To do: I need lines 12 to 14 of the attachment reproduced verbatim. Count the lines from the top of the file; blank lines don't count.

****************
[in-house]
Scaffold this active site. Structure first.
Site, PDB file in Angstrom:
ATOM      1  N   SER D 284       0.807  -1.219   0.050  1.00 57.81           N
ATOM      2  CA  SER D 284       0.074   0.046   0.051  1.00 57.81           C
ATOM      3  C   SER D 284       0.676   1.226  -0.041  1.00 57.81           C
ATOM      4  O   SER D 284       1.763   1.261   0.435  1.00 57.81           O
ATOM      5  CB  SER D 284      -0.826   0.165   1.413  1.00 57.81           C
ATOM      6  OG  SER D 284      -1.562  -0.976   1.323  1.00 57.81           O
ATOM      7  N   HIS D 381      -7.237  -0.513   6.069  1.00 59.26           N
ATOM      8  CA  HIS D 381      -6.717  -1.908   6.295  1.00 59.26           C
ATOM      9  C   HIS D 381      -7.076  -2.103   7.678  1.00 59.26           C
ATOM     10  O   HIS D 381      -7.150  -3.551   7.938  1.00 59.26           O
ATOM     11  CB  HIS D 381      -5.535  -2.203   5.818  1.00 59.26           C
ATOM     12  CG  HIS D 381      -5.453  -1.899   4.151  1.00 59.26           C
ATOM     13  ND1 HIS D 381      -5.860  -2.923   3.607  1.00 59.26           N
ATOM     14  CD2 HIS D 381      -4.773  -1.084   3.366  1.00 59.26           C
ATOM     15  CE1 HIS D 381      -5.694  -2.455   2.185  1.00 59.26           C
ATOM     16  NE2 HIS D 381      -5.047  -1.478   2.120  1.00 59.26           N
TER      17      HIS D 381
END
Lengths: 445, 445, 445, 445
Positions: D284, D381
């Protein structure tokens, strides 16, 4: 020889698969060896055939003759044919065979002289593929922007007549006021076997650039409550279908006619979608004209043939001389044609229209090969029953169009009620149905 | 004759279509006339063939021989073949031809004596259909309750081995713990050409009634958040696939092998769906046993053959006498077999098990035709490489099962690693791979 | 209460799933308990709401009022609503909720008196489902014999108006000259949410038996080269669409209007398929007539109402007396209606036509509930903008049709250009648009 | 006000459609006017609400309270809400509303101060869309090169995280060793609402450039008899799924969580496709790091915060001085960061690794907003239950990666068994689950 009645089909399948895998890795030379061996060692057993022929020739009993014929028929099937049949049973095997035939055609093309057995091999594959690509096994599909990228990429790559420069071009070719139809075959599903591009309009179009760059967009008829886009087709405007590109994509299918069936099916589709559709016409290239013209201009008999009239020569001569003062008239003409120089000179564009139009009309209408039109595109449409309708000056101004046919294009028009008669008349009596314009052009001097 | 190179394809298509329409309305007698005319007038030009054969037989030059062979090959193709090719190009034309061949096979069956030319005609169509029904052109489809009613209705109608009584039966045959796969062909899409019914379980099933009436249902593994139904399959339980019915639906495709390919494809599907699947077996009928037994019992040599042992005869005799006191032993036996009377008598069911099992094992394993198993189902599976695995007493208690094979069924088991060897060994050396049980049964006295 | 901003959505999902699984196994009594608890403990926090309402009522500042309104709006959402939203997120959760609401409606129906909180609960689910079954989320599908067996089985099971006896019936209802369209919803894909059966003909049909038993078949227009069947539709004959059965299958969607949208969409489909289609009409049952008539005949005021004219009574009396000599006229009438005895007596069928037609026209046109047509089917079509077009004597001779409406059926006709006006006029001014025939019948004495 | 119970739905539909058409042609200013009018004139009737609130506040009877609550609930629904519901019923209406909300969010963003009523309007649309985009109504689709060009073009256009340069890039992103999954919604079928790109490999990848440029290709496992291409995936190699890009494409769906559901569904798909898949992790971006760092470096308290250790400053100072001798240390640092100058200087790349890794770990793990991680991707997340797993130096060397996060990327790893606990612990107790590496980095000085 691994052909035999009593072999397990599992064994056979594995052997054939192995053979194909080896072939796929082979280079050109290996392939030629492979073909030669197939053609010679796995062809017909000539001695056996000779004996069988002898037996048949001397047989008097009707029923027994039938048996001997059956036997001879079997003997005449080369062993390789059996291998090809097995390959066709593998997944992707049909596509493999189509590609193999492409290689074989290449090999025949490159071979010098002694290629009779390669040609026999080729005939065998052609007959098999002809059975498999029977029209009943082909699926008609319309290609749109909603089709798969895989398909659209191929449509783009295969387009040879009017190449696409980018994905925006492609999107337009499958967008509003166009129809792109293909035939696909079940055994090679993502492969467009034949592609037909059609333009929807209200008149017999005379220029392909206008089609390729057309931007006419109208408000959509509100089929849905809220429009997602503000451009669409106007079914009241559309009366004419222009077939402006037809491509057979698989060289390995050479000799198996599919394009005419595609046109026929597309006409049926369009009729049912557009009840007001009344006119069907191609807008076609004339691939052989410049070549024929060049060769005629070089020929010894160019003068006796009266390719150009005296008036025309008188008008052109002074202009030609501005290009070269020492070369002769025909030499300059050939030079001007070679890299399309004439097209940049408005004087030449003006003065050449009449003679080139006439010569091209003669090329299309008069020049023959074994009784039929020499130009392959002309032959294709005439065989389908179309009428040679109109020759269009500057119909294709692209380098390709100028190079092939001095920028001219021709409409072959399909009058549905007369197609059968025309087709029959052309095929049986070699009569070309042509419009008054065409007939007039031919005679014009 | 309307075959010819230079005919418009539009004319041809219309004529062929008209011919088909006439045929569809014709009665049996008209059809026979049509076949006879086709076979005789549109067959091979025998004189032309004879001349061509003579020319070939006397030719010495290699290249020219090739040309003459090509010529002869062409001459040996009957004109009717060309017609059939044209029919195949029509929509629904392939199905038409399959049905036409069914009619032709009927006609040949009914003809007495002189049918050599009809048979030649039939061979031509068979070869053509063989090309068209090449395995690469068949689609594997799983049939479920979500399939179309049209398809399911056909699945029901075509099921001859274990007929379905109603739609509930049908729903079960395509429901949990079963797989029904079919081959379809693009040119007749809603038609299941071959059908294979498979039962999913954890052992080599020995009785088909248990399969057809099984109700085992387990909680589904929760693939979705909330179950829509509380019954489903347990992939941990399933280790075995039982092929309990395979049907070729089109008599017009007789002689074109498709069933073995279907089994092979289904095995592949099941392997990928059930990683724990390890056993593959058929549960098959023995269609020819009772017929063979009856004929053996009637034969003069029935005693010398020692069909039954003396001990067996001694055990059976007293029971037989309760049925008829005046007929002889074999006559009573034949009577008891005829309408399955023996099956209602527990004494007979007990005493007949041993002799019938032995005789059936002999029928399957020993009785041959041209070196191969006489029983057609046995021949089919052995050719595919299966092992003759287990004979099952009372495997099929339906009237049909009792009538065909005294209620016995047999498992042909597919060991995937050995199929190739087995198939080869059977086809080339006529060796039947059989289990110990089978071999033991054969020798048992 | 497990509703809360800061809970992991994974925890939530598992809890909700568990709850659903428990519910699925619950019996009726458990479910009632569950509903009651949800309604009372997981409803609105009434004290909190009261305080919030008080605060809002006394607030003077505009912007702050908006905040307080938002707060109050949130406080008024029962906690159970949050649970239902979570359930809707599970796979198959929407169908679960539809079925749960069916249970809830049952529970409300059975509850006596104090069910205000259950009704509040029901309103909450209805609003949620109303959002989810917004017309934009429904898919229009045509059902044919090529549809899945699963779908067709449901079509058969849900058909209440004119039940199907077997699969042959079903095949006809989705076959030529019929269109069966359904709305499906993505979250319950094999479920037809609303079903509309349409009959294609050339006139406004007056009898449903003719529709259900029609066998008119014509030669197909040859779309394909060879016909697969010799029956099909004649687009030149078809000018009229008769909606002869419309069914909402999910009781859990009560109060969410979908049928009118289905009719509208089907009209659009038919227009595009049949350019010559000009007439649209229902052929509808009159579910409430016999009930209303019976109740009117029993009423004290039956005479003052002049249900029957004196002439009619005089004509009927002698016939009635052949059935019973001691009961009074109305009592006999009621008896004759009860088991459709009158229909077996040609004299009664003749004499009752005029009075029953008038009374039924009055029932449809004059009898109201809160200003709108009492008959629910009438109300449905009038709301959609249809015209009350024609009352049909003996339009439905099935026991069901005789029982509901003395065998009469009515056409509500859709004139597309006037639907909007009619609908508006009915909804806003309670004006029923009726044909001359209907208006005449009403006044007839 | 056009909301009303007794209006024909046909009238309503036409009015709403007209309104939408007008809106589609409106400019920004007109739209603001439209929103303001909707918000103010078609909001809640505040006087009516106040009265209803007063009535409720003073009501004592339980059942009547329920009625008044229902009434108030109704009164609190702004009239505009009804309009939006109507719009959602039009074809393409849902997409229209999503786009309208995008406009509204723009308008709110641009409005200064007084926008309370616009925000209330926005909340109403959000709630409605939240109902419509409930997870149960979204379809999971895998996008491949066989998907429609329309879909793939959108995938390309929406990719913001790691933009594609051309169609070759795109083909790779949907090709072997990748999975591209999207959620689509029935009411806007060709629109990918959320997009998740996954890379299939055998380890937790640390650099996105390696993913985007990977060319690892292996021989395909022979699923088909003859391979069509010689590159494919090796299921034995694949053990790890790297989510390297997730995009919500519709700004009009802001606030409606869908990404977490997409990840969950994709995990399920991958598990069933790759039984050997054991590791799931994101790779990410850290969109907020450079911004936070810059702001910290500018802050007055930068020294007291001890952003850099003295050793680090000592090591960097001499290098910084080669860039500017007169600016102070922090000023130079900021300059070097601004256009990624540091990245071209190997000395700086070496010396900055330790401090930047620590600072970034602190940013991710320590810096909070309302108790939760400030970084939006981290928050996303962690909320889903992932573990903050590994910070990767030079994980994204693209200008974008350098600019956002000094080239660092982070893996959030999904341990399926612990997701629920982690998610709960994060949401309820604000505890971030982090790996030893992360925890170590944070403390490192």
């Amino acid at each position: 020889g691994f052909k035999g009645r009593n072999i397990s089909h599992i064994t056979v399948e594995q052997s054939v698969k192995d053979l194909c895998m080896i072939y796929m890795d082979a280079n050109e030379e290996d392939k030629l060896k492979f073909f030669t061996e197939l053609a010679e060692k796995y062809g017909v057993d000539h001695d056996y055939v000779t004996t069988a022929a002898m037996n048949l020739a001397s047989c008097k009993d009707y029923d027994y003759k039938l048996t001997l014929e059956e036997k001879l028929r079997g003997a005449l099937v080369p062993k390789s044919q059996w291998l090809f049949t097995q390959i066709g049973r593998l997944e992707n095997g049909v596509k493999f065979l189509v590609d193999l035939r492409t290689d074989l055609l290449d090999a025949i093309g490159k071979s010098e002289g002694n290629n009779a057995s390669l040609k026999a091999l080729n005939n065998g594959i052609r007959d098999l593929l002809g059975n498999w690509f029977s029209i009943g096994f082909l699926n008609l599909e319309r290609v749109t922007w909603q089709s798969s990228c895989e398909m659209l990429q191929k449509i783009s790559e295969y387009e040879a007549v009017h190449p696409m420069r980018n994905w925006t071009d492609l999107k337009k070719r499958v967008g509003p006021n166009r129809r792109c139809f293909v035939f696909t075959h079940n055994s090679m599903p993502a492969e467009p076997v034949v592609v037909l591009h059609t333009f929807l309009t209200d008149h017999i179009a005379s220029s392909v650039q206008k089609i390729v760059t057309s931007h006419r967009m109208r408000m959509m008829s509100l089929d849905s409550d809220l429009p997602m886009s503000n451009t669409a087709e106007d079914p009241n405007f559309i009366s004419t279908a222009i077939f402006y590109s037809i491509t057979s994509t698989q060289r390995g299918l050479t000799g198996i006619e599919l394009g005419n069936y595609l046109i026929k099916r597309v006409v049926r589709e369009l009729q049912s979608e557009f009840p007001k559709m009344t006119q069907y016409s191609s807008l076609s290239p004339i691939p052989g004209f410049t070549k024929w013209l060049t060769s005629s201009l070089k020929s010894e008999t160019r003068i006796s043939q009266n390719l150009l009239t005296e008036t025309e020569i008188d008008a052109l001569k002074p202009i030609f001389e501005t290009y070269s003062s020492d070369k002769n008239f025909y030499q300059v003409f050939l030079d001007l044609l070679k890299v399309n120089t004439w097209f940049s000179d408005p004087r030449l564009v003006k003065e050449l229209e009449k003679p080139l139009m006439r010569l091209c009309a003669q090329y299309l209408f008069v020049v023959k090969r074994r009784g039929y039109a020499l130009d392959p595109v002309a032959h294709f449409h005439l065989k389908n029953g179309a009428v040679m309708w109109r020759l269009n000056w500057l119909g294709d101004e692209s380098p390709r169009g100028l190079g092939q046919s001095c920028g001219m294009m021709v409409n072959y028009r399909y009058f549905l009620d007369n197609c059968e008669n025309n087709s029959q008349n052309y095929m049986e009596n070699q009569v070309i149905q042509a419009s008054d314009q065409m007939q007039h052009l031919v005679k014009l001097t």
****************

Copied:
ATOM      9  C   HIS D 381      -7.076  -2.103   7.678  1.00 59.26           C
ATOM     10  O   HIS D 381      -7.150  -3.551   7.938  1.00 59.26           O
ATOM     11  CB  HIS D 381      -5.535  -2.203   5.818  1.00 59.26           C